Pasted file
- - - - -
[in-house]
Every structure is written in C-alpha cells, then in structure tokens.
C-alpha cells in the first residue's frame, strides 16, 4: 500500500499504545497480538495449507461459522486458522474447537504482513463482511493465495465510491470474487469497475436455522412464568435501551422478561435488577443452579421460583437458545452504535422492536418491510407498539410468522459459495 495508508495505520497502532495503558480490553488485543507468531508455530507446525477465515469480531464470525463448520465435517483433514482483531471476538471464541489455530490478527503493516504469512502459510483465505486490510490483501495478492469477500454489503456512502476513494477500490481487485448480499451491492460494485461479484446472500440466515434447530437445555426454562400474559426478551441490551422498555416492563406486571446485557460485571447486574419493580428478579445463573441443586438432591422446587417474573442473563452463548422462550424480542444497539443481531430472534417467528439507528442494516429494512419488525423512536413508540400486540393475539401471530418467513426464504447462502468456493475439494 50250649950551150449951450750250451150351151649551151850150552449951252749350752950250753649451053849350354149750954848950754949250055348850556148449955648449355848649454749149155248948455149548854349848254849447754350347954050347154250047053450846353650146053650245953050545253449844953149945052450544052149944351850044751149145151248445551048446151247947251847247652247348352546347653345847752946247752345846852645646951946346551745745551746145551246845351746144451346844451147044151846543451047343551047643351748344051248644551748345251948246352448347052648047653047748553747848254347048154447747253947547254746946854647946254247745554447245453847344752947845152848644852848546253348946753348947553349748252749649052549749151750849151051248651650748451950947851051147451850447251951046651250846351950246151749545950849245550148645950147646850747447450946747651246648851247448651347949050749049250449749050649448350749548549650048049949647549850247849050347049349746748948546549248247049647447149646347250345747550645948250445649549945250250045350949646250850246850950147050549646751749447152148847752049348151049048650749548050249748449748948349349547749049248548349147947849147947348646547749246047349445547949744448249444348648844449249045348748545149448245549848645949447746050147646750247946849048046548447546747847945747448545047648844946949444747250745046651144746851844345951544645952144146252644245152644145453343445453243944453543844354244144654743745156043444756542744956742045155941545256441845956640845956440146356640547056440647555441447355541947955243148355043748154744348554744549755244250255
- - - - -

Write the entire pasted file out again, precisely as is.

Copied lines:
[in-house]
Every structure is written in C-alpha cells, then in structure tokens.
C-alpha cells in the first residue's frame, strides 16, 4: 500500500499504545497480538495449507461459522486458522474447537504482513463482511493465495465510491470474487469497475436455522412464568435501551422478561435488577443452579421460583437458545452504535422492536418491510407498539410468522459459495 495508508495505520497502532495503558480490553488485543507468531508455530507446525477465515469480531464470525463448520465435517483433514482483531471476538471464541489455530490478527503493516504469512502459510483465505486490510490483501495478492469477500454489503456512502476513494477500490481487485448480499451491492460494485461479484446472500440466515434447530437445555426454562400474559426478551441490551422498555416492563406486571446485557460485571447486574419493580428478579445463573441443586438432591422446587417474573442473563452463548422462550424480542444497539443481531430472534417467528439507528442494516429494512419488525423512536413508540400486540393475539401471530418467513426464504447462502468456493475439494 50250649950551150449951450750250451150351151649551151850150552449951252749350752950250753649451053849350354149750954848950754949250055348850556148449955648449355848649454749149155248948455149548854349848254849447754350347954050347154250047053450846353650146053650245953050545253449844953149945052450544052149944351850044751149145151248445551048446151247947251847247652247348352546347653345847752946247752345846852645646951946346551745745551746145551246845351746144451346844451147044151846543451047343551047643351748344051248644551748345251948246352448347052648047653047748553747848254347048154447747253947547254746946854647946254247745554447245453847344752947845152848644852848546253348946753348947553349748252749649052549749151750849151051248651650748451950947851051147451850447251951046651250846351950246151749545950849245550148645950147646850747447450946747651246648851247448651347949050749049250449749050649448350749548549650048049949647549850247849050347049349746748948546549248247049647447149646347250345747550645948250445649549945250250045350949646250850246850950147050549646751749447152148847752049348151049048650749548050249748449748948349349547749049248548349147947849147947348646547749246047349445547949744448249444348648844449249045348748545149448245549848645949447746050147646750247946849048046548447546747847945747448545047648844946949444747250745046651144746851844345951544645952144146252644245152644145453343445453243944453543844354244144654743745156043444756542744956742045155941545256441845956640845956440146356640547056440647555441447355541947955243148355043748154744348554744549755244250255